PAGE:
Case Study: Armadale Cist Burial and Stone and Timber Ritual Complex

Susan Kruse

An important early Bronze Age cemetery was excavated at Armadale (MHG60879) near the pier in 2009-10. It revealed a complex history. Scattered flint and bloodstone lithics from the site showed activity during the Mesolithic period, while Neolithic activity is represented by a hearth and a cremation pit. The latter is a rare example for the Highlands of a dated late Neolithic burial.

Postholes suggest a timber stone circle on the site, followed by a stone circle. Neither is dated but could feasibly date to the Neolithic and/or Early Bronze Age. A large cist was situated in the centre (Cist 3), containing a degraded inhumation, beach pebbles and molluscs, but no other obvious grave goods. Three in-situ standing stones may have been part of the stone circle, and other stones from the circle may have been used to construct Cist 3. After the dismantling of the stone circle, another six cists and five cremation pits were placed both inside and outside the circle. Some reused holes from the dismantled stone circle while one in particular (Cist 7) lay a fair distance away. The later restructuring of timber post and stone circles, using new stones is also known from Machrie Moor, Arran and Temple Wood, Kilmartin in Argyll.

Figure 1: The burial site at Armadale under excavation (image: )

The other cists contain a mixture of cremation and inhumation burials. Three had food vessels and one had a number of pot fragments. Cist 7, an inhumation burial placed away from the others, had three barbed and tanged arrowheads and two flint scrapers. Cist 4 also contained degraded human remains, with a food vessel and a steatite archer’s bracer (wrist-guard). This appears to have been re-used as a pendant. Other wealthy Early Bronze Age burials from the Highlands contain archery equipment, including a burial from Corry near Broadford on southern Skye (MHG13995). All the cists and cremation pits contained lithics with the exception of Cist 6. The mixture of cremation and inhumation, in pits and cists, and the inclusion of different grave good assemblages is reminiscent of Seafield West near Inverness (MHG3944).

Figure 2: Flint tools from Cist 7, Armadale (image: )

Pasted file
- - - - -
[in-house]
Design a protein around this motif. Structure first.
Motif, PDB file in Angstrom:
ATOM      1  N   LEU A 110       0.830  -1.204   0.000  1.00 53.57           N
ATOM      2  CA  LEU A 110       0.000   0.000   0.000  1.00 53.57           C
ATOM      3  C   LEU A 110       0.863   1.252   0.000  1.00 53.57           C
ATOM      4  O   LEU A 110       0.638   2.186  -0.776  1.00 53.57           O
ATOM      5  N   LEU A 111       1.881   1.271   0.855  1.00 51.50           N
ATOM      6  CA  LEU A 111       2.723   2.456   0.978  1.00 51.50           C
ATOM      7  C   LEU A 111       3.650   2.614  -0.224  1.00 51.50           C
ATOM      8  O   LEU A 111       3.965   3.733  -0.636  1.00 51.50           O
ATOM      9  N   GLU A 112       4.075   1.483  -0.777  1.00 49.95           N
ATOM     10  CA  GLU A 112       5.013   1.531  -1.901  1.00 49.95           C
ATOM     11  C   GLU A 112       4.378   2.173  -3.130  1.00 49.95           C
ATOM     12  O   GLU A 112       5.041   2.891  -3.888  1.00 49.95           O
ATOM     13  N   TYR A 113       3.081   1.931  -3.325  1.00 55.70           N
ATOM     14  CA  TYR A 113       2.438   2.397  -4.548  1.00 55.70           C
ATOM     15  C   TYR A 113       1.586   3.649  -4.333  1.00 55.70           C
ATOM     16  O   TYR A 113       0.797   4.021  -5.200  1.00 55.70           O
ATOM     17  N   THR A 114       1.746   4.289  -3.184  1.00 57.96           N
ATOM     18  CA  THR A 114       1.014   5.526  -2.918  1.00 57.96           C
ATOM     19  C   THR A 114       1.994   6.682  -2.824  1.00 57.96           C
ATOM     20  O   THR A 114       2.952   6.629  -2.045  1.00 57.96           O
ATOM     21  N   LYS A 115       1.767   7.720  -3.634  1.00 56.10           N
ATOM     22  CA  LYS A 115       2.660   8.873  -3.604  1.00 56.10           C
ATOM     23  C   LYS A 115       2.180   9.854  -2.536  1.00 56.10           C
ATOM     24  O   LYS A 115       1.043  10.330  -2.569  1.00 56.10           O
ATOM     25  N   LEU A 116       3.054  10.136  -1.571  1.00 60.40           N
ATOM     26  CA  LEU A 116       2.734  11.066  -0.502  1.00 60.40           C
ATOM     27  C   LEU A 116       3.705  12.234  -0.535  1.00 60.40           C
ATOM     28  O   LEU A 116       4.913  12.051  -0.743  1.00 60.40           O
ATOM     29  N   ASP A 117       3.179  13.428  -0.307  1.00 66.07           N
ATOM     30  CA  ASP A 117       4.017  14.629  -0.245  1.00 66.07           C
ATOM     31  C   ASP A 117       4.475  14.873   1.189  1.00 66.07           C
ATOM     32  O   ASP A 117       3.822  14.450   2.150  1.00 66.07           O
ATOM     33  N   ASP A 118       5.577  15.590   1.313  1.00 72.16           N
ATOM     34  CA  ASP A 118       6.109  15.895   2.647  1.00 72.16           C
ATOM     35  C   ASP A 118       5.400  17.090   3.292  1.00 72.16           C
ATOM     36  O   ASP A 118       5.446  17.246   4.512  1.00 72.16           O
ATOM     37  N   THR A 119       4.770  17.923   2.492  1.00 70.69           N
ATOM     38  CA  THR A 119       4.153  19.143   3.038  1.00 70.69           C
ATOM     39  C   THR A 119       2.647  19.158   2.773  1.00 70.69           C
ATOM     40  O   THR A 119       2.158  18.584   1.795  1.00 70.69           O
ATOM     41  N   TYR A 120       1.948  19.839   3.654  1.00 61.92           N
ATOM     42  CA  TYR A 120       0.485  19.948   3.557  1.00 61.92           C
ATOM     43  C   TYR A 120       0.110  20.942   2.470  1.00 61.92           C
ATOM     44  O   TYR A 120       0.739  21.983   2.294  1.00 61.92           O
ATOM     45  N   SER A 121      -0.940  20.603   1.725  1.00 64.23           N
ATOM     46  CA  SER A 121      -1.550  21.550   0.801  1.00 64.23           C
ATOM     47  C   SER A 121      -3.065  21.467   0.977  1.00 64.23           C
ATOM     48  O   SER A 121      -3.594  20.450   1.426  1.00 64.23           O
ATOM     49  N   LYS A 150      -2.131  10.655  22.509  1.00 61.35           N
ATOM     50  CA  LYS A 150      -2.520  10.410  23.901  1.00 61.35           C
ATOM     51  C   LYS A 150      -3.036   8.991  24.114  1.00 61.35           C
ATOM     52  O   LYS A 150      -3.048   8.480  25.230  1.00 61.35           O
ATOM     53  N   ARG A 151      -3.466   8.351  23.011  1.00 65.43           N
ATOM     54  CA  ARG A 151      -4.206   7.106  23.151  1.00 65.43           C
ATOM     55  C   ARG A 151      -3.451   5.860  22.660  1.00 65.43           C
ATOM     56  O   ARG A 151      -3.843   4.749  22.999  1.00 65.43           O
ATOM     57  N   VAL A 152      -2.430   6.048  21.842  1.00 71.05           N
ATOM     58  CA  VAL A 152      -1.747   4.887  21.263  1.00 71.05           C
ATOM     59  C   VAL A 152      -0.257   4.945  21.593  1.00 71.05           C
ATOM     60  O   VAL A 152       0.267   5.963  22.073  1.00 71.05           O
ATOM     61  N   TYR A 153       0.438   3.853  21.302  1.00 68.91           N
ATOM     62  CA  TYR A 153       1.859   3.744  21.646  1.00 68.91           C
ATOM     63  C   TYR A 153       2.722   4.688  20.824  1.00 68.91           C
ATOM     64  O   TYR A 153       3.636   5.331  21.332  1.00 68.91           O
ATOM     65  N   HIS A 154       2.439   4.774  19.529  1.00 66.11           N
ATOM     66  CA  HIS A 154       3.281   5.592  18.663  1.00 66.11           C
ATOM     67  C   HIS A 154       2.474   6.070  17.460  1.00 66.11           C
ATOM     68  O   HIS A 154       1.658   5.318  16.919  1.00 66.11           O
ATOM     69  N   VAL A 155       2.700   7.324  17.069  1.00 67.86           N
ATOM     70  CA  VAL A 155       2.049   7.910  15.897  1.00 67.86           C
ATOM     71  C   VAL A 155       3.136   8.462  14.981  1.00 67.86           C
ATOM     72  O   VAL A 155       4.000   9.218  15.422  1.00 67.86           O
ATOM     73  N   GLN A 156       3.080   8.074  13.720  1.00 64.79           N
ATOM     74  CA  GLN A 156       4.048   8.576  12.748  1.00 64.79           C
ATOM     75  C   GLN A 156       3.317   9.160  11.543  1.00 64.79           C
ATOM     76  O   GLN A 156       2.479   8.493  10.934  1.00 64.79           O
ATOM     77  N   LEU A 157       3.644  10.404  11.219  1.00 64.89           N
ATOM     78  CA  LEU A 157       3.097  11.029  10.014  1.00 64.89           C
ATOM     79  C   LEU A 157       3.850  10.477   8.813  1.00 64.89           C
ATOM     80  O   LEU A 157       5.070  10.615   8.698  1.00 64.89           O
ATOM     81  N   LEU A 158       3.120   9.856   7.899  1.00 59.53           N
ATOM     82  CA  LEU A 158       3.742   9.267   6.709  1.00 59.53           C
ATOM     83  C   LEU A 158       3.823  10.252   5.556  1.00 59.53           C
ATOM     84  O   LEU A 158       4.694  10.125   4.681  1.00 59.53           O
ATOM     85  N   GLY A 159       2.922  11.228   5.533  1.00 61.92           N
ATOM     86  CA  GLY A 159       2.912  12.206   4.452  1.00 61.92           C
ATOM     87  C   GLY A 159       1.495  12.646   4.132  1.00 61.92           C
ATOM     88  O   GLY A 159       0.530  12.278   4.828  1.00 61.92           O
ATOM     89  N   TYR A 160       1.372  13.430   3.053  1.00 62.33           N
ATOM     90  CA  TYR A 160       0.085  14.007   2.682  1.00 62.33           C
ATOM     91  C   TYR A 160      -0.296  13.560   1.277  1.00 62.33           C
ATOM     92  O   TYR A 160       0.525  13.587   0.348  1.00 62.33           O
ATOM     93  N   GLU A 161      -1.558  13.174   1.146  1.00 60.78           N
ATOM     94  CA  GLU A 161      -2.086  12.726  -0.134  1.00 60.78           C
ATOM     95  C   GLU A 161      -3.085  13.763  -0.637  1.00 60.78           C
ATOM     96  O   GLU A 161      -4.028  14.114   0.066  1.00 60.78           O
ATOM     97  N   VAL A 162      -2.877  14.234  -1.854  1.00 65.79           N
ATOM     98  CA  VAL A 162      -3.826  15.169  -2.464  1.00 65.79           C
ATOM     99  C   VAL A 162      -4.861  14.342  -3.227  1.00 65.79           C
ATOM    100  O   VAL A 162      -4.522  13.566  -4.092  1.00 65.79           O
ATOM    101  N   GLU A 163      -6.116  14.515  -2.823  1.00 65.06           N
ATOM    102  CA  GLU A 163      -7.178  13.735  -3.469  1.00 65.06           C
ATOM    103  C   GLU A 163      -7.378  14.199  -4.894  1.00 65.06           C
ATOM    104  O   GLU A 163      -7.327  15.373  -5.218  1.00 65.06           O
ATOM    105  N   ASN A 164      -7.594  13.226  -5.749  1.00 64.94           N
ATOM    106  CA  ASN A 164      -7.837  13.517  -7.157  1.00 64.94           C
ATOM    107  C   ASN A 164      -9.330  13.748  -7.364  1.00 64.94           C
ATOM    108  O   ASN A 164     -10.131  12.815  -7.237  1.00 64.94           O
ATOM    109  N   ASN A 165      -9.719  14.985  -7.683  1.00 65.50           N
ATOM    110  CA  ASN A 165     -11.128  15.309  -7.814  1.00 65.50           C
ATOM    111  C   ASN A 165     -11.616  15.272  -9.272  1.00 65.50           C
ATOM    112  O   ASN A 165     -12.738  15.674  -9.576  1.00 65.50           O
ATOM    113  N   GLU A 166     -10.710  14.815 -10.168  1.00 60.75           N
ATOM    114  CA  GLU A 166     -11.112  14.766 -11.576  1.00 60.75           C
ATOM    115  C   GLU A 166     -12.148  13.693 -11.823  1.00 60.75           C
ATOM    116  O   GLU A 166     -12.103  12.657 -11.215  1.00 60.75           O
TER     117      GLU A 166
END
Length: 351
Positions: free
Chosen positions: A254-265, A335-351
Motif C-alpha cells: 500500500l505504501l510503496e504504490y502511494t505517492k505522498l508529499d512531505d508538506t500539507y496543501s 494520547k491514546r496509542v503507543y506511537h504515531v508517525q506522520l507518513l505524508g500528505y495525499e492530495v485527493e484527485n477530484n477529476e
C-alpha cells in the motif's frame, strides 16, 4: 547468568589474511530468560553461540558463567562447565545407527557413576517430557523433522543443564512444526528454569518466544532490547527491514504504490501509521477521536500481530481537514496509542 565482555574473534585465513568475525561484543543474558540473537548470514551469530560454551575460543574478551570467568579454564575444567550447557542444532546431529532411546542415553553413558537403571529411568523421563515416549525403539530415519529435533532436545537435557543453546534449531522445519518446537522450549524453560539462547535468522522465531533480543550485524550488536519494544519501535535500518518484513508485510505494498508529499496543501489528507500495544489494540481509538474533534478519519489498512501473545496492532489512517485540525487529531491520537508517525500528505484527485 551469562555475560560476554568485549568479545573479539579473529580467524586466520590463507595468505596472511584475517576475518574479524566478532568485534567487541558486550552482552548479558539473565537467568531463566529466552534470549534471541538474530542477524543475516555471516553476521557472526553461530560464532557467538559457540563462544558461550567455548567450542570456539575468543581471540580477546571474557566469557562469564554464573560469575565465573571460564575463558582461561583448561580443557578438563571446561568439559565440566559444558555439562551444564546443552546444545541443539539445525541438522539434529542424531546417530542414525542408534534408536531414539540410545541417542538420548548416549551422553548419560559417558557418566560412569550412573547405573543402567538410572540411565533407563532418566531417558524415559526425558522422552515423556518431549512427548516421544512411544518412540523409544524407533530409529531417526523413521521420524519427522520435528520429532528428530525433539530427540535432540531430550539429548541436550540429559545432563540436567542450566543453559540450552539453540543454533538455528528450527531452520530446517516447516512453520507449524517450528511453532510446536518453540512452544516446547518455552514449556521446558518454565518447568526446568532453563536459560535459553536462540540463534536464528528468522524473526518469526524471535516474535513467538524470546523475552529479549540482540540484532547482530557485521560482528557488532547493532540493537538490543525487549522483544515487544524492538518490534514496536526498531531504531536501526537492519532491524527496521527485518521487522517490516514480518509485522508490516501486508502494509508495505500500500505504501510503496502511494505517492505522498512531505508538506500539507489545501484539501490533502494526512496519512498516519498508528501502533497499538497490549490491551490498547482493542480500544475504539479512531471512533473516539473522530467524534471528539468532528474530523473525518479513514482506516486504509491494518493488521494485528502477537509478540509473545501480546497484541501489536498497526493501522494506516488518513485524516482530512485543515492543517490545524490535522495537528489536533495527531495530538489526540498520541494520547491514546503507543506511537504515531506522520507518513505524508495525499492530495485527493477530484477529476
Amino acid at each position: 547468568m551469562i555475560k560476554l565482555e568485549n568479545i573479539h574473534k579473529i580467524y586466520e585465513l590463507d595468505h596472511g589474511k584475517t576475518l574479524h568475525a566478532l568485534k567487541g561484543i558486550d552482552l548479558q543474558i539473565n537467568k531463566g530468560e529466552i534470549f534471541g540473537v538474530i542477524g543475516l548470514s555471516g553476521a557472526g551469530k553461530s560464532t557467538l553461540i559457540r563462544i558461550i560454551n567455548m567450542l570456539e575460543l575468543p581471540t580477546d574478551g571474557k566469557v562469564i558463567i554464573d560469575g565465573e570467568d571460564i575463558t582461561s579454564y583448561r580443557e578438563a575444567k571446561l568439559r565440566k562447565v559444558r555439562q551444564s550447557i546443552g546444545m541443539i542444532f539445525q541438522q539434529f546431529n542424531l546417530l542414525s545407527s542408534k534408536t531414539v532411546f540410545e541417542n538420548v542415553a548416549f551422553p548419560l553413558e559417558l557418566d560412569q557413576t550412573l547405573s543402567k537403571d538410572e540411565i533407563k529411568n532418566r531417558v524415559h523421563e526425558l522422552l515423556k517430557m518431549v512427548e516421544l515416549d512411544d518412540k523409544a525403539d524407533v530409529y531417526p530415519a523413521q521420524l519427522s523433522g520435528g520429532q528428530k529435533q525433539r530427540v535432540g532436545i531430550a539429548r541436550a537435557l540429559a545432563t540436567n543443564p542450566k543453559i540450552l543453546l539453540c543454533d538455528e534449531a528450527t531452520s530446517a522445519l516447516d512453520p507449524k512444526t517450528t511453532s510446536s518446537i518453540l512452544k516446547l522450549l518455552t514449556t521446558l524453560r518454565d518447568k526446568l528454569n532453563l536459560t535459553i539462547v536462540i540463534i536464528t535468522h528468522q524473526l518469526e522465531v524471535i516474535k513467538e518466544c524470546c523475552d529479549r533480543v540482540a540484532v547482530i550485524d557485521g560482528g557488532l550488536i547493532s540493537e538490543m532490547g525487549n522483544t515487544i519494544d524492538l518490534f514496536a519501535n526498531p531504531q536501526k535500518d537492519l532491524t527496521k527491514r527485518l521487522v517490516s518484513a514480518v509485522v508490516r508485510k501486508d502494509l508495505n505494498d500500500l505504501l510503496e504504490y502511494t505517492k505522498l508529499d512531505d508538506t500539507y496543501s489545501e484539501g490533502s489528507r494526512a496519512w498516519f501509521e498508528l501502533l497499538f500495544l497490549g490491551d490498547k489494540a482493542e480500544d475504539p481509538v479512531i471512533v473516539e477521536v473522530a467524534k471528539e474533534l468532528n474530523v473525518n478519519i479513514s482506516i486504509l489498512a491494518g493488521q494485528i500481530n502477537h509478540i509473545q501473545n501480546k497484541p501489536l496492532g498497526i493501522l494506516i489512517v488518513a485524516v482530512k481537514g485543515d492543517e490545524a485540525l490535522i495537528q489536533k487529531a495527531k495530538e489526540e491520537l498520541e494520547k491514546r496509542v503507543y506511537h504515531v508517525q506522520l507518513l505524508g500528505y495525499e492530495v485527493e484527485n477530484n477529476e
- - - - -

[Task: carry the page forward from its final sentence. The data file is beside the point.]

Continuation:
The final phase on the site is represented by a kerbed cairn, but it had been much disturbed by later electricity cable trenches. It had beach cobbles of various sizes, overlying degraded large schist slabs. The cairn may have been robbed in antiquity or may have extended in an irregular shape.

The radiocarbon dates have been analysed using Bayesian modelling, providing a good case study in the advantages the approach offers when combined with stratigraphic information to tease out detailed chronology. In this case, developments at the site are proposed at a generational level. It suggests that the cemetery was used infrequently, perhaps reserved only for special occasions and elite individuals.

Few sites in the Highlands have given us such detailed information of the use of Neolithic timber and stone circles and their subsequent conversion into cemeteries in the Early Bronze Age. Most evidence for Early Bronze Age cist burials has focussed on the east coast. While we have evidence of a couple dozen cists from Skye, most are either old finds or not investigated, and only seven, including Armadale are known to have included pottery. The final report is eagerly awaited.

Further information

Peteranna, Mary 2011 Excavation of a Bronze Age Burial Site at Pier Road, Armadale, Isle of Skye. Data Structure Report. Excavation summary and preliminary findings. RoCAS (Report attached to MHG60879)

Krus, Anthony M and Peteranna, Mary 2016 ‘Bayesian Modeling of an Early Bronze Age Cemetery at Armadale, Isle of Skye, Scotland’, Radiocarbon 58, 693-708.